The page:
Courtesy of Walter Gault, Communications Editor, SabrientBe Patient
Editor’s note: Walt Gault is the guest author this week. David Brown will be back next week.
Today, stocks traded lower for their third straight session. The markets were down on news that China had cut its 2012 growth forecast to an eight-year low of 7.5%. Factory orders came in better-than-expected, albeit -1%, versus the expected -1.6%.
Last week, most of the market moving indicators beat consensus estimates. Total vehicle sales, as well as domestic vehicle sales, were higher by nearly 1 million. Jobless claims continue to remain low, falling to 351K from 353K. Personal income and consumer spending increased. Real U.S. GDP was revised upward to +3.0% from +2.8%. Consumer confidence rose dramatically from 61.5 to 70.8; which is far above October 2011’s reading of 40.9 but still shy of February 2011’s reading of 72.
However, last week brought disappointments as well. The ISM Manufacturing Index fell short of the consensus estimate and a widely expected sharp acceleration. Construction spending fell -0.1%, well short of the expected 1% increase. Durable goods fell -4%.
Technically, the markets achieved some important milestones last week. The Dow traded above 13,000 for the first time in four years, and, perhaps more importantly, posted its fourth consecutive month of positive gains. The S&P 500 logged a gain for the third consecutive month.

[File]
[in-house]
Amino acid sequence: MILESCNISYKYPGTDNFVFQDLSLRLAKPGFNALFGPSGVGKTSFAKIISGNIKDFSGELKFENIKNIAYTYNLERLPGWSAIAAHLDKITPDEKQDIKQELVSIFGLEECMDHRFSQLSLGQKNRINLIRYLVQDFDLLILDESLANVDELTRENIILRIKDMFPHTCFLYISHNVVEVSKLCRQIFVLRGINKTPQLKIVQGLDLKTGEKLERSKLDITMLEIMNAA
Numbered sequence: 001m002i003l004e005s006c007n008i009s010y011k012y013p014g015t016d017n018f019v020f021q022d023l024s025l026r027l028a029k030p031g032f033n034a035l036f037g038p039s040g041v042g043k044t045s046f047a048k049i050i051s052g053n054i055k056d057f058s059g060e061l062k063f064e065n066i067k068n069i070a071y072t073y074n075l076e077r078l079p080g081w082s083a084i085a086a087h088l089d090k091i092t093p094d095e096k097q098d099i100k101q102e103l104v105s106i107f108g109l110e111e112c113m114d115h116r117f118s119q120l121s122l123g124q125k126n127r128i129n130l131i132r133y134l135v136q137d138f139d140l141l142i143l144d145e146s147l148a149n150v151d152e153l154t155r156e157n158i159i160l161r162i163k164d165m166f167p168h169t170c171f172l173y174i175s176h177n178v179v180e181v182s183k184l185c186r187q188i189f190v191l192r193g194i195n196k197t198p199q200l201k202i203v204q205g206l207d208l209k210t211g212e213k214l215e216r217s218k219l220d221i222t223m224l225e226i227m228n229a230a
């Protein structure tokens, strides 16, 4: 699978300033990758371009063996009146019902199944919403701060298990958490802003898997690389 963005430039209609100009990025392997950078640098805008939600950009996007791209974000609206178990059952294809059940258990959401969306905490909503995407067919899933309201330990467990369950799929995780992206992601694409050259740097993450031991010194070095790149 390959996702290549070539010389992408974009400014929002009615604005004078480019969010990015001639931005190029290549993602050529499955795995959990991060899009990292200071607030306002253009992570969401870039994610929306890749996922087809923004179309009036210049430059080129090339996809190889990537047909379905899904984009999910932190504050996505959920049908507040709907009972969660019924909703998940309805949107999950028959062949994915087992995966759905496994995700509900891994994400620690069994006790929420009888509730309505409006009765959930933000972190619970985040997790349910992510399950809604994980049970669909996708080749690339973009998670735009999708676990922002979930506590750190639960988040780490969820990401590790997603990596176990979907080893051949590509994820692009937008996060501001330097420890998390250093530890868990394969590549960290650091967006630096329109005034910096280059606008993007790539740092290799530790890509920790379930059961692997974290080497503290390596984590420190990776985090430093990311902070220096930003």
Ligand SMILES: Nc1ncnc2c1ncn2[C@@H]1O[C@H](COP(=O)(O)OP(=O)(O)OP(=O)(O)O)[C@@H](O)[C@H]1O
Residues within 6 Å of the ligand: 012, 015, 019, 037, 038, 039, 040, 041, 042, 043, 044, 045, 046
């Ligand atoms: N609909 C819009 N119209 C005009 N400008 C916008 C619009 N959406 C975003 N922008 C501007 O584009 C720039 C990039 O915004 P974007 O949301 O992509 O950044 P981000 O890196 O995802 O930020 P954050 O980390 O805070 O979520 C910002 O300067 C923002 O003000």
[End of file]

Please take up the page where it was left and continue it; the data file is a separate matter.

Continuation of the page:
Large-cap Growth led the market caps last week with +0.3% gain. All Small-caps and Mid-caps were negative. Cyclical Consumer and Technology led the sectors while Industrials, Basic Materials, and Energy were all down around a -1%. Looking forward, our SectorCast model favors Financials, Basic Materials, Healthcare, and Consumer Cyclicals, though none have great scores.
What more can be said about our current climate? We continue to get mixed batches of economic data. Last week, we got lots of news, some good, some bad. Iran got a record voter turnout (above 60%) for its elections that some say is a sign of stability, and the rumored blast near a Saudi pipeline turned out to be nothing more than Iranian propaganda. European leaders remain divided over the right balance between austerity and measures that will allow for economic growth. Greece is expected to hold national elections in April, an event that could bring high volatility back to the markets again.